Open Journal of Astrophysics: Update
Regular readers of this blog (Sid and Doris Bonkers) may recall that a few weeks ago I posted an item in which I suggested setting up The Open Journal of Astrophysics. The motivation behind this was to demonstrate that it is possible to run an academic journal which is freely available to anyone who wants to read it, as well as at minimal cost to authors. Basically, I want to show that it is possible to “cut out the middle man” in the process of publishing scientific research and that by doing it ourselves we can actually do it better.
I have been unwell for much of the summer, so haven’t been able to carry this project on as much as I would have liked, and I also received many messages offering help and advice that I have been unable to reply to individually. But I can assure you that I haven’t forgotten about the idea, nor have I quietly withdrawn the financial backing I suggested in my earlier post. Indeed, my interest in, and excitement, about this project has grown significantly over the summer as new possibilities have been suggested and my resentment about how the academic publishing industry hijacked the Finch Report has deepened.
In fact, quite a lot of effort has already been put in by people elsewhere thinking about how to set this journal up in the best way to make maximal use of digital technology to produce something radically different from the stale formats offered by existing journals. I hope to be able to report back soon with more details of how it will work, when we propose to launch the site, and even what its name will be, Open Journal of Astrophysics being just a working title. I think it’s far better to wait until we have a full prototype going before going further.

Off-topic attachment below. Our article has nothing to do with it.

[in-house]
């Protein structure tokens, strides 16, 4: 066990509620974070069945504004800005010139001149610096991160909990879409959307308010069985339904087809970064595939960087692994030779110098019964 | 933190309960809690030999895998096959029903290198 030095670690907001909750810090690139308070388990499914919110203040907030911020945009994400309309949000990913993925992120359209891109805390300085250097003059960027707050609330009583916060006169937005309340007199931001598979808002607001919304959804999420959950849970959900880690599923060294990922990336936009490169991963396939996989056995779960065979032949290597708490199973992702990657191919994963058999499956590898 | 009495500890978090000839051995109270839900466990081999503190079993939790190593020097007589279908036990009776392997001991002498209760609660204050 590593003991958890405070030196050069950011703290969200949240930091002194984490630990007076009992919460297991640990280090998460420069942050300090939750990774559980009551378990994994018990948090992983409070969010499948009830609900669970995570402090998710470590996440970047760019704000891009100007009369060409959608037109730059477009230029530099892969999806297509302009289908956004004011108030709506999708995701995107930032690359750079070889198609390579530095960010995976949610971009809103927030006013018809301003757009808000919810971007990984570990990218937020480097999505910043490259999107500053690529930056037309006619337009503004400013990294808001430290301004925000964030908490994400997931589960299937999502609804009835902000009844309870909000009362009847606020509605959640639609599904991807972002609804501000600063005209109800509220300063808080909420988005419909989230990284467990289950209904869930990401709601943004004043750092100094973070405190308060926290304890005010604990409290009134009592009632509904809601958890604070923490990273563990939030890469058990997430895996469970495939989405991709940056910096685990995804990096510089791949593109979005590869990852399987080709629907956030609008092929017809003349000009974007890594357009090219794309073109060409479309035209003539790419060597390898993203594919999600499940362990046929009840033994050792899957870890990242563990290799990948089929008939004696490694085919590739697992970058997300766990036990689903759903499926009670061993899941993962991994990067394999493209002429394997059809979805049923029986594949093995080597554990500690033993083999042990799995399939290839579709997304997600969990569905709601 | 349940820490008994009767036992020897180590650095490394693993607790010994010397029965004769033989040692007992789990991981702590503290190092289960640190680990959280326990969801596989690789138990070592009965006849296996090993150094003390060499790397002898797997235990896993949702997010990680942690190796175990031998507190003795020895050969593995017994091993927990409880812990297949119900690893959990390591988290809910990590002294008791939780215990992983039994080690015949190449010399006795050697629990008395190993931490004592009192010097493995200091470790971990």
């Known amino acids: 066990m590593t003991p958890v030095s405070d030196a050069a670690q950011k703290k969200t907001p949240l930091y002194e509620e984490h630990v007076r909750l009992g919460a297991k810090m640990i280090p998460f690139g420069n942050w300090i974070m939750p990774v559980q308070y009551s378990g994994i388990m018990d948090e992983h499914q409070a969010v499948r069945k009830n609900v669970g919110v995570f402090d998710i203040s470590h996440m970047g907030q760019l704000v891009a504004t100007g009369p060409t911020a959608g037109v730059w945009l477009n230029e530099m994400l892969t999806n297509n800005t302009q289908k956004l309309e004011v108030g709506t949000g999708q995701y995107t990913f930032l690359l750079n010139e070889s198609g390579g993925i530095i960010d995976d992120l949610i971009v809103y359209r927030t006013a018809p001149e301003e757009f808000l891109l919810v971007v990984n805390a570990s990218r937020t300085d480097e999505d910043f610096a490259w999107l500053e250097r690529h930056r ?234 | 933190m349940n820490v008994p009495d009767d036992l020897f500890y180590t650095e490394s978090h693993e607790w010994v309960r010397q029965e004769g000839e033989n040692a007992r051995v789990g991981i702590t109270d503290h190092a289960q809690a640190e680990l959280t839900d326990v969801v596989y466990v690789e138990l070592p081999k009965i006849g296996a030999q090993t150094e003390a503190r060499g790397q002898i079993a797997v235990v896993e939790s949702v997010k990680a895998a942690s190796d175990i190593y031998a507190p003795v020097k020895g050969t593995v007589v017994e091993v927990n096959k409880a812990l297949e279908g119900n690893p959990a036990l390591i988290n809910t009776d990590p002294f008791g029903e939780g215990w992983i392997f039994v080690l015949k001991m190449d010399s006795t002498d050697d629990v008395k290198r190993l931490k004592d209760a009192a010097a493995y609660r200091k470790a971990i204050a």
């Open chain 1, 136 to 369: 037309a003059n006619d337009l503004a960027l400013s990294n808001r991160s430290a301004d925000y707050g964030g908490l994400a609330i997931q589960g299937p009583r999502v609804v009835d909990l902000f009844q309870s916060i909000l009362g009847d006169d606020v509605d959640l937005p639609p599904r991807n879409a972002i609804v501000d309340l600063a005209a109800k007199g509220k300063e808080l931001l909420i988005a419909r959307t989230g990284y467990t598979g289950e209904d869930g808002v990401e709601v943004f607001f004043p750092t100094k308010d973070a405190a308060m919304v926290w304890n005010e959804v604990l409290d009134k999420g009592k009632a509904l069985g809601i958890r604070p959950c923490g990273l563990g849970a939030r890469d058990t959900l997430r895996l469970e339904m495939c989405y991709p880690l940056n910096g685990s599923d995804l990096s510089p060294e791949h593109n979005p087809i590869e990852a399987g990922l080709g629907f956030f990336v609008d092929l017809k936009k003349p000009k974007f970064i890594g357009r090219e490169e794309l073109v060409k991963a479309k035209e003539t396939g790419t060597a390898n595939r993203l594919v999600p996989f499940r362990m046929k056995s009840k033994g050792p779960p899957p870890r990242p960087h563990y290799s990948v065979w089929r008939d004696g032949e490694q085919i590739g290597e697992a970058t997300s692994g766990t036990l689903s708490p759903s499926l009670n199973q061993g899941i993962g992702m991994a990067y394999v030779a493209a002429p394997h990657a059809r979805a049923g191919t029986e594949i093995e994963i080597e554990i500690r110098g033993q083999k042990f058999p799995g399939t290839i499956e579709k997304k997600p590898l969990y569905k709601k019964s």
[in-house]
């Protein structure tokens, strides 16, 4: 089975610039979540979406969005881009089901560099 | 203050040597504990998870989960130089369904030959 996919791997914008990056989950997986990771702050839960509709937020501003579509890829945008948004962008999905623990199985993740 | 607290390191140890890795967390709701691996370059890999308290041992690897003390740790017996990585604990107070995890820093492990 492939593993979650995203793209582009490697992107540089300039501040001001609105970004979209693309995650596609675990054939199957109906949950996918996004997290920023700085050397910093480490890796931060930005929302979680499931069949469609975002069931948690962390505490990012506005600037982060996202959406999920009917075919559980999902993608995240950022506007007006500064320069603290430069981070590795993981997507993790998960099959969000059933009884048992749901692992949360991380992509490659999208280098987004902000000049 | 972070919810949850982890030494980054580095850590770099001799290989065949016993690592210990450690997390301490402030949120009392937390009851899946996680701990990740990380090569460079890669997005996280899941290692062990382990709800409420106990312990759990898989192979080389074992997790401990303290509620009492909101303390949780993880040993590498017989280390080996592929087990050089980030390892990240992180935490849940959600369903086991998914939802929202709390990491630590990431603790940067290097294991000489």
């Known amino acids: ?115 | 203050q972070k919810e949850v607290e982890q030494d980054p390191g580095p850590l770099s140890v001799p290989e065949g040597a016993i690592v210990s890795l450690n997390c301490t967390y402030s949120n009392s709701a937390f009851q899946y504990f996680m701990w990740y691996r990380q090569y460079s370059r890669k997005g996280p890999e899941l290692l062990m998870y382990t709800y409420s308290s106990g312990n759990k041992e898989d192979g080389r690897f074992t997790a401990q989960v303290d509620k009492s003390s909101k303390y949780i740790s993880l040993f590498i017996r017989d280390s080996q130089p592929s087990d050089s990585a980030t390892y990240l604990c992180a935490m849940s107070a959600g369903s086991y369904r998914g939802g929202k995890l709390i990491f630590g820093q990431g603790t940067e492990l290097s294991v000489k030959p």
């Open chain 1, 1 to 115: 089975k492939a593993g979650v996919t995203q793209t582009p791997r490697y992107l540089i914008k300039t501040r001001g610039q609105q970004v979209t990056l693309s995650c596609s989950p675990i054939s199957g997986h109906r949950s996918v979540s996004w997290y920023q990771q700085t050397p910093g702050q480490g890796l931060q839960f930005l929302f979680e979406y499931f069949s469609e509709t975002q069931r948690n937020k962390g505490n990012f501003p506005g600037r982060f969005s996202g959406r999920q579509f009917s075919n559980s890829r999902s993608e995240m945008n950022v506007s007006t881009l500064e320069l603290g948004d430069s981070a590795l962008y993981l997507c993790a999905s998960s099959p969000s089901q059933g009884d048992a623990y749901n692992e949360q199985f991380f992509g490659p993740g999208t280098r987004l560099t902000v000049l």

In the meantime, however, I have a request to make. The Open Journal of Astrophysics will need an Editorial Board with expertise across all astrophysics, so they can select referees and deal with the associated correspondence. The success of this venture will largely depend on establishing trust with the research community and one way of doing that will be by having eminent individuals on the Editorial Board. I will be contacting privately various scientists who have already offered their assistance in this, but if any senior astronomers and/or astrophysicists out there are interested in playing a part please contact me. I can’t offer much in the way of remuneration, but I think this is an opportunity to get involved in a venture that in the long run will benefit the astronomical community immensely.
Oh, and please feel free pass this on to folks you think might be interested even if you yourself are not!Follow @telescoper